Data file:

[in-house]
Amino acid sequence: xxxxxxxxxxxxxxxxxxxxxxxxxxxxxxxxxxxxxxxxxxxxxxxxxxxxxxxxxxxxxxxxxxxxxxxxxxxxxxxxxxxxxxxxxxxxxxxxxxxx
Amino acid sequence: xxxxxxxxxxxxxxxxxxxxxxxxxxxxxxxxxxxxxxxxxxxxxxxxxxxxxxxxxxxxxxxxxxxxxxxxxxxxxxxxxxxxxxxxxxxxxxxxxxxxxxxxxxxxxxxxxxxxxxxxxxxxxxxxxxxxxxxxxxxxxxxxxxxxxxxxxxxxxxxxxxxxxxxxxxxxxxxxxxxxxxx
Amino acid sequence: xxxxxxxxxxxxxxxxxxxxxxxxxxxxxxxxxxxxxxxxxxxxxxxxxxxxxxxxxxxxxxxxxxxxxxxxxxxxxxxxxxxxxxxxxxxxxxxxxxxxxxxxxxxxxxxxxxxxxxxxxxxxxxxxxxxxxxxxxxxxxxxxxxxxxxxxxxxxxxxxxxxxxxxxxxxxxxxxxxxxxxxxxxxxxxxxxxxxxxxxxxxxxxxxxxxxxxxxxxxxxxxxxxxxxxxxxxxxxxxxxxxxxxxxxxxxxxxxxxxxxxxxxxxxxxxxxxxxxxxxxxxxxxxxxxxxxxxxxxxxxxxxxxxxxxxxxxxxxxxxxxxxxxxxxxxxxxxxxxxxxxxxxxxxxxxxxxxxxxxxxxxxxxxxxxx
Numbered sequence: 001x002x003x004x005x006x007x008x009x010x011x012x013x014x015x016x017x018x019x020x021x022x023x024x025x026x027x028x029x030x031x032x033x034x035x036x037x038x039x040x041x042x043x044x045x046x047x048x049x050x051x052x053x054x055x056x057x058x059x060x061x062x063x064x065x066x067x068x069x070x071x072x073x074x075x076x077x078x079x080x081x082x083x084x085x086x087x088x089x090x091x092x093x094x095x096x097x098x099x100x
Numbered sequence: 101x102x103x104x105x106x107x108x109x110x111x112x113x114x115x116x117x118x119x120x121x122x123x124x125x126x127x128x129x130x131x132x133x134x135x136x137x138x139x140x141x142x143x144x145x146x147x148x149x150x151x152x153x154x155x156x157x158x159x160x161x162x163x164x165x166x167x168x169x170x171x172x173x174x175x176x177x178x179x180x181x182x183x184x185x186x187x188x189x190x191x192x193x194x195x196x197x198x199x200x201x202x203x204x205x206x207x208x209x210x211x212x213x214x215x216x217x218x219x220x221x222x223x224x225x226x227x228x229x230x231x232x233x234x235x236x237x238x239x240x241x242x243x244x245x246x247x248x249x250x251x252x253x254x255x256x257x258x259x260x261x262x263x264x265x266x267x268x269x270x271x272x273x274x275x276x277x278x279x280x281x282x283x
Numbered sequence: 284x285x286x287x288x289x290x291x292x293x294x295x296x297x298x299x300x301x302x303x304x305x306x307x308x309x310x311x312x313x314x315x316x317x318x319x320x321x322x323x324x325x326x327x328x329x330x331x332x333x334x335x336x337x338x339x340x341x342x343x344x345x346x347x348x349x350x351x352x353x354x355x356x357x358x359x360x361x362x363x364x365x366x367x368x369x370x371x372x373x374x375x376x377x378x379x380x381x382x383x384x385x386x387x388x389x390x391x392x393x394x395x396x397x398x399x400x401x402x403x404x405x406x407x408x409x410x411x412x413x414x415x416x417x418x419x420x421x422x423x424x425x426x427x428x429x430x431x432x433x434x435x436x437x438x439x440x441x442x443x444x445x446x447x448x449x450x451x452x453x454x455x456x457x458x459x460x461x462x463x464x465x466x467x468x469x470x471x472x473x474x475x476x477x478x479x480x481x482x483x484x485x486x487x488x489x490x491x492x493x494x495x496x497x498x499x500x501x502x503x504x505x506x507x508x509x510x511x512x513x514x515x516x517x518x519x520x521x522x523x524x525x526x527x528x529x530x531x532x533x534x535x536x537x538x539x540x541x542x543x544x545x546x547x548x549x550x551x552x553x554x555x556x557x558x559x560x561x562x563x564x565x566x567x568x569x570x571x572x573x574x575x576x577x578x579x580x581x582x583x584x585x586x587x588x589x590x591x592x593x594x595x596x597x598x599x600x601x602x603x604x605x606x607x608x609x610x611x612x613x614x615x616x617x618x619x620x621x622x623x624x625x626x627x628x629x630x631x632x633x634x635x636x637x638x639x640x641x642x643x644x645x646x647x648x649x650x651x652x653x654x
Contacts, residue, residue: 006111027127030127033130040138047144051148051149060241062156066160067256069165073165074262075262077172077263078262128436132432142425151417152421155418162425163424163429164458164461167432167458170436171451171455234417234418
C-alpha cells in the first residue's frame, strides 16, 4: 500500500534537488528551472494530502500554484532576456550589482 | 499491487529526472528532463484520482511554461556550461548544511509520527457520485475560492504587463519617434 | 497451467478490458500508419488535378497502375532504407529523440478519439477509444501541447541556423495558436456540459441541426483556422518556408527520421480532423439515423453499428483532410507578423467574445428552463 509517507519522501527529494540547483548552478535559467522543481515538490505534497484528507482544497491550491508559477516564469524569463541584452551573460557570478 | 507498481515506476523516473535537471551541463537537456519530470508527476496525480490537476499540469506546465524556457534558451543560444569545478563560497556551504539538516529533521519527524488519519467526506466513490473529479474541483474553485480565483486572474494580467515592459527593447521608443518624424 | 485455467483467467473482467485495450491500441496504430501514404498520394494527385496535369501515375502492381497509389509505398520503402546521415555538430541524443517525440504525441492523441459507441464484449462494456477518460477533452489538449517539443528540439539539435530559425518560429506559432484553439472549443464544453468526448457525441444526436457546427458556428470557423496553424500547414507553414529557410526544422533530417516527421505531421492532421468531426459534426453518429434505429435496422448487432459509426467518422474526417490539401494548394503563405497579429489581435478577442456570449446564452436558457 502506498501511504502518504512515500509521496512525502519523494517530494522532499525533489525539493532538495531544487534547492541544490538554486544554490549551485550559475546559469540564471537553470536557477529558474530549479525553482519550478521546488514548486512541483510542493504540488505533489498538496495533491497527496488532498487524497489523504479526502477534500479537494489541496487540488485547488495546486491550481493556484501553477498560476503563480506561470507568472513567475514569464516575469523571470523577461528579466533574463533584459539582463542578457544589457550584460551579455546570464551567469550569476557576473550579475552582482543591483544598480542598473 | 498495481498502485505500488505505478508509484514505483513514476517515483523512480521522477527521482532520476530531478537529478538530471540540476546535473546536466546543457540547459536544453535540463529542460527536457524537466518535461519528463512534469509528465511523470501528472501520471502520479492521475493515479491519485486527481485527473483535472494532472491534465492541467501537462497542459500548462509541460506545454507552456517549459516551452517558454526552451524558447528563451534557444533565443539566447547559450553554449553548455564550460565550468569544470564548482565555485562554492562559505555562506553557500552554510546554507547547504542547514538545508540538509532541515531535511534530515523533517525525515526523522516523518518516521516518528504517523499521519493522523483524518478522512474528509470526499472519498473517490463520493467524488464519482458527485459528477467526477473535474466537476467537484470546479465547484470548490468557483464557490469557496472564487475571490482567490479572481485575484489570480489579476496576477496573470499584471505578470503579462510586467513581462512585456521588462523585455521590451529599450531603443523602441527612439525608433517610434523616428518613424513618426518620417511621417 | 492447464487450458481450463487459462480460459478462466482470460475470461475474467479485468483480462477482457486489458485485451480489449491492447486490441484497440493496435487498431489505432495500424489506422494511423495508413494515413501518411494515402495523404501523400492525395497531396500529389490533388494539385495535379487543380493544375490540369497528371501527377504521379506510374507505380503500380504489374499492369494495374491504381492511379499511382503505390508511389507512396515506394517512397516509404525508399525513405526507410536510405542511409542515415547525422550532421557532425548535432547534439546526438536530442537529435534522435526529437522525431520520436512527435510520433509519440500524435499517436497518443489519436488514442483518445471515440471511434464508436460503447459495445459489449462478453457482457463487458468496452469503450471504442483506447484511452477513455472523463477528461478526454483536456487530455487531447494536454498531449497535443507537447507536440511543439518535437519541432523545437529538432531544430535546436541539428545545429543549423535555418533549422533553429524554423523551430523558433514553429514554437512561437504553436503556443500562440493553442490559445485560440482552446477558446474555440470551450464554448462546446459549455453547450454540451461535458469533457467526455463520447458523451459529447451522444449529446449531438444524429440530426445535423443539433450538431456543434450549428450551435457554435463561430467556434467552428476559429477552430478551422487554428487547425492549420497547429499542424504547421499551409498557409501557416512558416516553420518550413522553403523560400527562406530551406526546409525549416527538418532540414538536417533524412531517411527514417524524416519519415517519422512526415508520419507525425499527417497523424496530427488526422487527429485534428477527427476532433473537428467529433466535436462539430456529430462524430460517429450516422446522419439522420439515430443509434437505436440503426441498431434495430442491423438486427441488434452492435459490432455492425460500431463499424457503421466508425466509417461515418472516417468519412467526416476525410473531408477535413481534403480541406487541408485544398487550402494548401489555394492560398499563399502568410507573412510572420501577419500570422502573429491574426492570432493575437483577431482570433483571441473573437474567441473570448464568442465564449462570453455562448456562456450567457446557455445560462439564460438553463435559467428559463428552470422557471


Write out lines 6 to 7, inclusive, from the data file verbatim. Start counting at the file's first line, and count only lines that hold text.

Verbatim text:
Numbered sequence: 101x102x103x104x105x106x107x108x109x110x111x112x113x114x115x116x117x118x119x120x121x122x123x124x125x126x127x128x129x130x131x132x133x134x135x136x137x138x139x140x141x142x143x144x145x146x147x148x149x150x151x152x153x154x155x156x157x158x159x160x161x162x163x164x165x166x167x168x169x170x171x172x173x174x175x176x177x178x179x180x181x182x183x184x185x186x187x188x189x190x191x192x193x194x195x196x197x198x199x200x201x202x203x204x205x206x207x208x209x210x211x212x213x214x215x216x217x218x219x220x221x222x223x224x225x226x227x228x229x230x231x232x233x234x235x236x237x238x239x240x241x242x243x244x245x246x247x248x249x250x251x252x253x254x255x256x257x258x259x260x261x262x263x264x265x266x267x268x269x270x271x272x273x274x275x276x277x278x279x280x281x282x283x
Numbered sequence: 284x285x286x287x288x289x290x291x292x293x294x295x296x297x298x299x300x301x302x303x304x305x306x307x308x309x310x311x312x313x314x315x316x317x318x319x320x321x322x323x324x325x326x327x328x329x330x331x332x333x334x335x336x337x338x339x340x341x342x343x344x345x346x347x348x349x350x351x352x353x354x355x356x357x358x359x360x361x362x363x364x365x366x367x368x369x370x371x372x373x374x375x376x377x378x379x380x381x382x383x384x385x386x387x388x389x390x391x392x393x394x395x396x397x398x399x400x401x402x403x404x405x406x407x408x409x410x411x412x413x414x415x416x417x418x419x420x421x422x423x424x425x426x427x428x429x430x431x432x433x434x435x436x437x438x439x440x441x442x443x444x445x446x447x448x449x450x451x452x453x454x455x456x457x458x459x460x461x462x463x464x465x466x467x468x469x470x471x472x473x474x475x476x477x478x479x480x481x482x483x484x485x486x487x488x489x490x491x492x493x494x495x496x497x498x499x500x501x502x503x504x505x506x507x508x509x510x511x512x513x514x515x516x517x518x519x520x521x522x523x524x525x526x527x528x529x530x531x532x533x534x535x536x537x538x539x540x541x542x543x544x545x546x547x548x549x550x551x552x553x554x555x556x557x558x559x560x561x562x563x564x565x566x567x568x569x570x571x572x573x574x575x576x577x578x579x580x581x582x583x584x585x586x587x588x589x590x591x592x593x594x595x596x597x598x599x600x601x602x603x604x605x606x607x608x609x610x611x612x613x614x615x616x617x618x619x620x621x622x623x624x625x626x627x628x629x630x631x632x633x634x635x636x637x638x639x640x641x642x643x644x645x646x647x648x649x650x651x652x653x654x